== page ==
When developing research protocols, the Investigator must take into consideration allowable use and disclosure of protected health information (PHI) under HIPAA.
PHI: individually identifiable health information held or transmitted by a covered entity or its business associate, in any form or media, whether electronic, paper, or oral. Individually identifiable health information is a subset of health information, including demographic information collected from an individual, and: (1) Is created or received by a health care provider, health plan, employer, or health care clearinghouse; and (2) Relates to the past, present, or future physical or mental health or condition of an individual; the provision of health care to an individual; or the past, present, or future payment for the provision of health care to an individual; and (i) That identifies the individual; or (ii) With respect to which there is a reasonable basis to believe the information can be used to identify the individual.
If the health information you access, collect or create includes the below identifiers in relation to a participant or the participant’s relatives, employers, or household members, it may be considered identifiable and subject to HIPAA:
- All geographic subdivisions smaller than a state, including street address, city,
county, precinct, ZIP code, and their equivalent geocodes, except for the initial
three digits of the ZIP code if, according to the current publicly available data
from the Bureau of the Census:
- The geographic unit formed by combining all ZIP codes with the same three initial digits contains more than 20,000 people; and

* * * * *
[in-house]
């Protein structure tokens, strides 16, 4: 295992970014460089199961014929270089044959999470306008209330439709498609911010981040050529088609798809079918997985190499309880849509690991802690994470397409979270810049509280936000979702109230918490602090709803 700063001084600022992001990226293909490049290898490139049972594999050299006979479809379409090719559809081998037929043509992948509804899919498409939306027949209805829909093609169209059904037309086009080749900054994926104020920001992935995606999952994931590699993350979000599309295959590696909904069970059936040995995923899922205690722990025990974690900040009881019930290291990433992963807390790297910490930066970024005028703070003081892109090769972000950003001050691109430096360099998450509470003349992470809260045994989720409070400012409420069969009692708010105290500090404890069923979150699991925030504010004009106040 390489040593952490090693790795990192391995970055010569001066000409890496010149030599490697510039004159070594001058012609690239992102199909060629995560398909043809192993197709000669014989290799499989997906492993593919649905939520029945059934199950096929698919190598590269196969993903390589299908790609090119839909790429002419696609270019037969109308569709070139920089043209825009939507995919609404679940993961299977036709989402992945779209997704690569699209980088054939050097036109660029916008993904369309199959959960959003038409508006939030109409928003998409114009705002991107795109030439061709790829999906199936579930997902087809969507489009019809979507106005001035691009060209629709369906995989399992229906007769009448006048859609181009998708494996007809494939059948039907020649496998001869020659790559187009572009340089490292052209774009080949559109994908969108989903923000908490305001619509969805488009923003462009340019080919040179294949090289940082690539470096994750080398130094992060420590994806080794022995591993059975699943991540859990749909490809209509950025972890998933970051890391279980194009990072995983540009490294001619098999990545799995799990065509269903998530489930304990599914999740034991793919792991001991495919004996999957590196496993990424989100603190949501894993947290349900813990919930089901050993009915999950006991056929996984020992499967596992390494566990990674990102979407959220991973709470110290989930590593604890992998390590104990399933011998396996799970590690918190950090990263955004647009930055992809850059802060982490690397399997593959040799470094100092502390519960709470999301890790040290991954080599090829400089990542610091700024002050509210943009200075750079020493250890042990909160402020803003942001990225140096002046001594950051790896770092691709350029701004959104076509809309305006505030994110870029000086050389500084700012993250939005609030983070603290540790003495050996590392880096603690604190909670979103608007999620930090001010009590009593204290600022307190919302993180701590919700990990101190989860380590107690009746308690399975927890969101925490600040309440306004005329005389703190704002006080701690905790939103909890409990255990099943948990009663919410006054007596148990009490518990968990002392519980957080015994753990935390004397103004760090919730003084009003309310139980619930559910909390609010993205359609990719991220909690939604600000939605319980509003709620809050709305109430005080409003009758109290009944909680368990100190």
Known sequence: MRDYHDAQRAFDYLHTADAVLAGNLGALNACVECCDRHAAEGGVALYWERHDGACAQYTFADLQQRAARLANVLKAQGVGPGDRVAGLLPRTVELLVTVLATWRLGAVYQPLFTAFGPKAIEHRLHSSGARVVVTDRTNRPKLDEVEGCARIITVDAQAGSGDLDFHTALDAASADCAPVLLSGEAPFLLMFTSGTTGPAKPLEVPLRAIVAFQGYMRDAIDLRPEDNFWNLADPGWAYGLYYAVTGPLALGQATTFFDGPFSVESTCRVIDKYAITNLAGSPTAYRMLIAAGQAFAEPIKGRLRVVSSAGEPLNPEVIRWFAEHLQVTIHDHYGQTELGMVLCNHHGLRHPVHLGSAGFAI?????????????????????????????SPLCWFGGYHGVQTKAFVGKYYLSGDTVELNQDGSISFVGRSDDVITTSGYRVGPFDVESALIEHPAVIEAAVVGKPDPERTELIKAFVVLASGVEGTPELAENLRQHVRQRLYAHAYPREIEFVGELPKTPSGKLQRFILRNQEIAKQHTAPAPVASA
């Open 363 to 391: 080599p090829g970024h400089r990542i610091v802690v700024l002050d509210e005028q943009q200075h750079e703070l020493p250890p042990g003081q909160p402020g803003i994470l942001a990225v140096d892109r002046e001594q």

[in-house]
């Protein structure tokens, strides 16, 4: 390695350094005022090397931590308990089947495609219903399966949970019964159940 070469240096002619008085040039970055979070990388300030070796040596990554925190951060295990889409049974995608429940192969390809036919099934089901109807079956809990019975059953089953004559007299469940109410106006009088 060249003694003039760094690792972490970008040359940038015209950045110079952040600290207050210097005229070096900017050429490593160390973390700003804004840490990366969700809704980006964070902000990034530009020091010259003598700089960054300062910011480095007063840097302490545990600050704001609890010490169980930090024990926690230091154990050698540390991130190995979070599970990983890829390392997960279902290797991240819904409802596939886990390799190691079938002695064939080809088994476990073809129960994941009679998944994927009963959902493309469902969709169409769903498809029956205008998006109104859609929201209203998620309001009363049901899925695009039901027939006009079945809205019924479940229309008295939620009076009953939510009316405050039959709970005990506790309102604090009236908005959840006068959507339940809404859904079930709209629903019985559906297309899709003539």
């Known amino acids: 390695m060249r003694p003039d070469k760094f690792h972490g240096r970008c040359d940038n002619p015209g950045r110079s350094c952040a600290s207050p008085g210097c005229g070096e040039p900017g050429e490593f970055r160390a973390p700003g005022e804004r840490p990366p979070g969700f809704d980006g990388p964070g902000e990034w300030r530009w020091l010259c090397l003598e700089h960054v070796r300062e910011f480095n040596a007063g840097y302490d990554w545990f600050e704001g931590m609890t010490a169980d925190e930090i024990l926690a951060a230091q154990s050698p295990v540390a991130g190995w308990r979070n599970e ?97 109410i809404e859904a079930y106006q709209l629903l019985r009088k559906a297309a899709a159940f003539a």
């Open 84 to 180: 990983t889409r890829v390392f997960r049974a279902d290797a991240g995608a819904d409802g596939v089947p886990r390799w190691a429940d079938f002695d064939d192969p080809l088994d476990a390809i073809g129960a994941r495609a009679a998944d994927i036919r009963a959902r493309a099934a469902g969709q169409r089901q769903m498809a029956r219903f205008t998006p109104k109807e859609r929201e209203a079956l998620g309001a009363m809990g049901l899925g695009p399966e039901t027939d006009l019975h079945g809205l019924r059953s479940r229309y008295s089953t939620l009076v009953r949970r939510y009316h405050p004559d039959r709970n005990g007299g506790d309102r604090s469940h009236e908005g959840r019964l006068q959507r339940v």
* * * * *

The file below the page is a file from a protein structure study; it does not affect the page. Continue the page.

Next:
- The initial three digits of a ZIP code for all such geographic units containing 20,000 or fewer people is changed to 000
- All elements of dates (except year) for dates that are directly related to a patient, including birth date, admission date, discharge date, death date, and all ages over 89 and all elements of dates (including year) indicative of such age, except that such ages and elements may be aggregated into a single category of age 90 or older
- Telephone numbers
- Fax numbers
- Email addresses
- Social security numbers
- Medical record numbers
- Health plan beneficiary numbers
- Account numbers
- Certificate/license numbers
- Vehicle identifiers and serial numbers, including license plate numbers
- Device identifiers and serial numbers
- Web Universal Resource Locators (URLs)
- Internet Protocol (IP) addresses
- Biometric identifiers, including finger and voice prints
- Full-face photographs and any comparable images
- Any other unique identifying number, characteristic, or code, except as permitted by paragraph (c) of 45 CFR 164.514 - Other requirements relating to uses and disclosures of protected health information.
When all 18 identifiers are removed and you have no actual knowledge the information could be used to identify the participant that is the subject of the information, the remaining information/data may be considered de-identified.